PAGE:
Televisualist: We Vote Shepherd
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Televisualist: We Vote Shepherd

Each week, Torontoist examines the upcoming TV listings and makes note of programs that are entertaining, informative, and of quality. Or, alternately, none of those. The result: Televisualist.

Do not ask Monte McNaughton to name parts from this image from Jodorowsky's Dune

Do not ask Monte McNaughton to name parts from this image from Jodorowsky’s Dune.


It’s Indepencence Day! Well, the movie, not the holiday. The holiday is far inferior because we don’t get it off. Also, it doesn’t have Will Smith punching aliens in the face. (AMC, 7 p.m.)


Hey, it’s the original Teen Wolf! To celebrate this rare appearance, we are going to list off all the characters we remember from this beloved ’80s film. There of course is Teen Wolf himself, but also there was Teen Wolf’s Dad Who Is Also A Werewolf, Teen Wolf’s Friend Who Is Sort Of Jealous Of Teen Wolf, and of course The Girl That Teen Wolf Likes. They may have had names. (AMC, 10 p.m.)


Oh, the winner of American Idol gets announced tonight. Remember when people really cared about American Idol? Remember when it mattered, when every new Idol was going to be a superstar? Remember Brian Dunkleman? Doesn’t it feel like a lifetime ago? (Fox, 8 p.m.)


Wayward Pines comes across as M. Night Shyamalan’s cheeseball ripoff of The Prisoner—really, “office of the law trapped in a dystopically weird small town” isn’t going to be much else—but it has a rock-solid cast (Matt Dillon, Juliette Lewis, Terrence Howard, Melissa Leo, Carla Gugino, Toby Jones) that has the potential to elevate a schlocky high-concept “event series.” Well, until the plants decide to murder everybody, anyway. (City, 8 p.m.)

Returning for a second season: The Awesomes, Seth Myers’ sorta-occasionally-fun show about superheroes. It’s kind of hard at this point to do a comedic superhero show, because everybody knows the tropes and subverting or parodying them in a fresh way is difficult, and The Awesomes only manages freshness every so often. But it manages to do so occasionally, which is more than most shows. (Teletoon, 9:30 p.m.)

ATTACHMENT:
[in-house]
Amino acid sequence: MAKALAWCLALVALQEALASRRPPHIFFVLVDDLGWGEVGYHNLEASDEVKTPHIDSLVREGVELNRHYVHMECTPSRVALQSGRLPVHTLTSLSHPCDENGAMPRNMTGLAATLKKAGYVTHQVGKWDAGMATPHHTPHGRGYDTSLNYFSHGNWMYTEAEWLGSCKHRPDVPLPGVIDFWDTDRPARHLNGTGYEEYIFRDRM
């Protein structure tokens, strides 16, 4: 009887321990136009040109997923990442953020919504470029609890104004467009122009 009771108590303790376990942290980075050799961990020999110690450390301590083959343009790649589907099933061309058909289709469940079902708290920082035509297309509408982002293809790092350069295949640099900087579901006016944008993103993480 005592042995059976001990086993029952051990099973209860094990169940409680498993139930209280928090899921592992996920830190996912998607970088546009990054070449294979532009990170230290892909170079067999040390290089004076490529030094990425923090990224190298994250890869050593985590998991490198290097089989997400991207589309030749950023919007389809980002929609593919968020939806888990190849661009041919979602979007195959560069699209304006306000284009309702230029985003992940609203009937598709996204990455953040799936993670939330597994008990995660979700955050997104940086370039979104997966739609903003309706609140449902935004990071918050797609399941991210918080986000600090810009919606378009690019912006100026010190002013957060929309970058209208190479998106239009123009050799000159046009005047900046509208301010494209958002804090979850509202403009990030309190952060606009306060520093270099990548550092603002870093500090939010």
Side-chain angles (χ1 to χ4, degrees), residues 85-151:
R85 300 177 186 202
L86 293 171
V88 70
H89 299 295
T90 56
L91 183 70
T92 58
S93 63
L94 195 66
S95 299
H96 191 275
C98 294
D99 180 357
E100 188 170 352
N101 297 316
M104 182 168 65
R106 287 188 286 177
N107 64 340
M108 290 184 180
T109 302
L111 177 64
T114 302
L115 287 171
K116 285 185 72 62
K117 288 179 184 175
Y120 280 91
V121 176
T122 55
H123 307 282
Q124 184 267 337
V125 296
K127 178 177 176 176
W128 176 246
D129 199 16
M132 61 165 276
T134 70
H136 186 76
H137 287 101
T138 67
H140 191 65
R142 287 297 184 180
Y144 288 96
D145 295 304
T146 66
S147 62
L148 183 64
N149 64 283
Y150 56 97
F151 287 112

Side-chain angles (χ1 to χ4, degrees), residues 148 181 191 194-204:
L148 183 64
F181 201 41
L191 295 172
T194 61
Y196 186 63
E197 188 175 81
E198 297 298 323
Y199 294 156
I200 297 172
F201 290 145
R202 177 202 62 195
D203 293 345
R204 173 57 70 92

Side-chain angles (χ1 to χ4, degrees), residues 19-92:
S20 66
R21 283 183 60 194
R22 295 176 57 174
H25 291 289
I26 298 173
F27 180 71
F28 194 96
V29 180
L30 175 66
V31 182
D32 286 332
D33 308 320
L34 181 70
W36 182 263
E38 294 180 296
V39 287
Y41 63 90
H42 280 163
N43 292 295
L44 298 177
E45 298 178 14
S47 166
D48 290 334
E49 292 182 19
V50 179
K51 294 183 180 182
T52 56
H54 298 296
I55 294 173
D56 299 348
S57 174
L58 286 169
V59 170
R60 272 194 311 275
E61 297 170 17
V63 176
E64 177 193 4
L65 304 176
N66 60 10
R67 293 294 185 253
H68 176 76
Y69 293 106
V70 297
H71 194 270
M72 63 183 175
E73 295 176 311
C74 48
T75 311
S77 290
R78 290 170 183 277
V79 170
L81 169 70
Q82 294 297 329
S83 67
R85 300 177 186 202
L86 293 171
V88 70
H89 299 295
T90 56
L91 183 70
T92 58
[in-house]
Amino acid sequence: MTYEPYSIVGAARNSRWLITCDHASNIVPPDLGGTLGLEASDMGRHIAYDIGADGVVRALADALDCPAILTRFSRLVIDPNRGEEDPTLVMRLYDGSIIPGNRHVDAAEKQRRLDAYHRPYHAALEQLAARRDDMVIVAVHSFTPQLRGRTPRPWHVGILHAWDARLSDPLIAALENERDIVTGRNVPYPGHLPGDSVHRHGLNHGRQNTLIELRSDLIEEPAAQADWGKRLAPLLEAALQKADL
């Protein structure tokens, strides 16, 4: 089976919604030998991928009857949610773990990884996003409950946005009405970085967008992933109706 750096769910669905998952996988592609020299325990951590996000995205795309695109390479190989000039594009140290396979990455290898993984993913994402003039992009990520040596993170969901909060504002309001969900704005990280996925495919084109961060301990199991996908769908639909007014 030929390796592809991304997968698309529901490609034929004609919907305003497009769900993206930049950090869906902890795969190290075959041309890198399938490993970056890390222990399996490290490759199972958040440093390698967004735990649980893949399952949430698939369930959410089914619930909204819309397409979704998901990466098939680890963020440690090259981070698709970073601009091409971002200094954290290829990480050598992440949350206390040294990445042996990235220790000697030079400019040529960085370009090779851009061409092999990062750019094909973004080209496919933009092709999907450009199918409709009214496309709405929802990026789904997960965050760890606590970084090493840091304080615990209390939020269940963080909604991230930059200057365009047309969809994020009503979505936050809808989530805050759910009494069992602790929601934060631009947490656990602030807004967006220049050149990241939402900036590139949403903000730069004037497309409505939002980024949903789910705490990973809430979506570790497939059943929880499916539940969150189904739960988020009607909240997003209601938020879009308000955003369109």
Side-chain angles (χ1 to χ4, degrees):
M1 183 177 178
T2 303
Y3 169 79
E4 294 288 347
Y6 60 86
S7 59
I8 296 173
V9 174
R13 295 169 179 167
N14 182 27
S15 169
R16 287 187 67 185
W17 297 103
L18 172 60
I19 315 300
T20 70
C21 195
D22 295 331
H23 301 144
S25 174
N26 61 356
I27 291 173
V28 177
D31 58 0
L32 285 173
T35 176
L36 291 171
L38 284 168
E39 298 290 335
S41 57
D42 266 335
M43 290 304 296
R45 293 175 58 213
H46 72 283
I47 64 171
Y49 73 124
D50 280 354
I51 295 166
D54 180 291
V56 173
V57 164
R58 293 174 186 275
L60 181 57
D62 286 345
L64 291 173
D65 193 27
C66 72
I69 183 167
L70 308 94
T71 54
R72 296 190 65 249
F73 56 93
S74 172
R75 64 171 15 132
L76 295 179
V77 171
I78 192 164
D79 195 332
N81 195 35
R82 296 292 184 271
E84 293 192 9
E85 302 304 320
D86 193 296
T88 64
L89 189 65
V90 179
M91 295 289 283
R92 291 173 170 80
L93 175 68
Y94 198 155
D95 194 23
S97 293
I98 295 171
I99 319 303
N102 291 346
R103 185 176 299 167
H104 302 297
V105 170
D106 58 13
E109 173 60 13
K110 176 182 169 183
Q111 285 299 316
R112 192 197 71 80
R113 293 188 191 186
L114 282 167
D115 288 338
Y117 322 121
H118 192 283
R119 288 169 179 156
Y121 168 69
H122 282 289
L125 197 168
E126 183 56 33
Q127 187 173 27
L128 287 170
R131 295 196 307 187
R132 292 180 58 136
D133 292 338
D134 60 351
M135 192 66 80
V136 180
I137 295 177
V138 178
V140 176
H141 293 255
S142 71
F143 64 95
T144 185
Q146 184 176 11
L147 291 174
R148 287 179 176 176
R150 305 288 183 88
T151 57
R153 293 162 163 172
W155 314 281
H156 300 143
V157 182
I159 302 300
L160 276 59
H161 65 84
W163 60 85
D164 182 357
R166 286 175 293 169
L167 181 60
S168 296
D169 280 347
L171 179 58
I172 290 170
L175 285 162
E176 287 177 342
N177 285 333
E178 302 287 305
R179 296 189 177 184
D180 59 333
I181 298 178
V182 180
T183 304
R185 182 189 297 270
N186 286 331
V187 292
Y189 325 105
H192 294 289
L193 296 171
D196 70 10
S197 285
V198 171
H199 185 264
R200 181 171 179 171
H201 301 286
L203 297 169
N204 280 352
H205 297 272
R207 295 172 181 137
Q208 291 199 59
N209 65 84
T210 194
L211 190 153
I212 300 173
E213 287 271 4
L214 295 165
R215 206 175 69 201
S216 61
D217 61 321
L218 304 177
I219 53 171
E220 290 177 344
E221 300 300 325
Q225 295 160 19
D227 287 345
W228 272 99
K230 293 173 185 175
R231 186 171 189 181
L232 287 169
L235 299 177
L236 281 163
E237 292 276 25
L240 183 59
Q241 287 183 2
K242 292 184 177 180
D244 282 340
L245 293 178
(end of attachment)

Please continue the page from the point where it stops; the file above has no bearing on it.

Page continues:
The finale of The Amazing Race ends a season with a mostly-not-very-consequential “blind date” gimmick, where half the teams were people who had never met before and were thus on “the ultimate blind date.” Unsurprisingly, an extremely stressful competitive event is not perhaps the ideal environment for romance to flourish, particularly when Phil has had to ask them at every opportunity if they’re in love yet, so most of the “blind date” couples quickly came to an understanding that they were simply going to try to co-operate to win the million-dollar grand prize. Surprisingly, the “blind dates” have actually proven to be stronger competitors, for the most part, than the teams that were in existing romantic relationships: of the four finalist teams, only one is a pre-existing pairing. What this says about love, we do not know. (CTV, 8 p.m.)

The Weekend

The grandiosely named I Love Lucy Superstar Special is actually just two episodes of I Love Lucy: the one where William Holden and Eve Arden guest star, and the one where George Reeves appears as Superman, so really, this is a remarkable sales job for some very old reruns. But it’s still I Love Lucy, and watching it for its contribution to TV structure is an education in and of itself. Plus, you know: Lucille Ball, she funny. (CBS, 8 p.m. Sunday)

The 2015 Billboard Awards are, as always, the opportunity to reward those musical artists who were most financially successful over the past year. Wiz Khalifa, Fall Out Boy, and Sam Smith are scheduled to perform, as they were quite successful and therefore are worthy of performing on your television. (CTV, 8 p.m. Sunday)

Mad Men comes to the end of its long run. Will it end with Don Draper staring blankly ahead of him, as so many previous episodes of Mad Men have done to demonstrate the meaningless ennui of our lives? Or will there be a dramatic change and will Don Draper become a shepherd? We are voting shepherd. (AMC, 10 p.m. Sunday)


Jodorowsky’s Dune is a documentary about the Chilean-French surrealist director and his unsuccessful attempt to film the wildly overrated Frank Herbert novel. The design elements are fascinating; the way money was spent equally so. Well worth your time. (Netflix)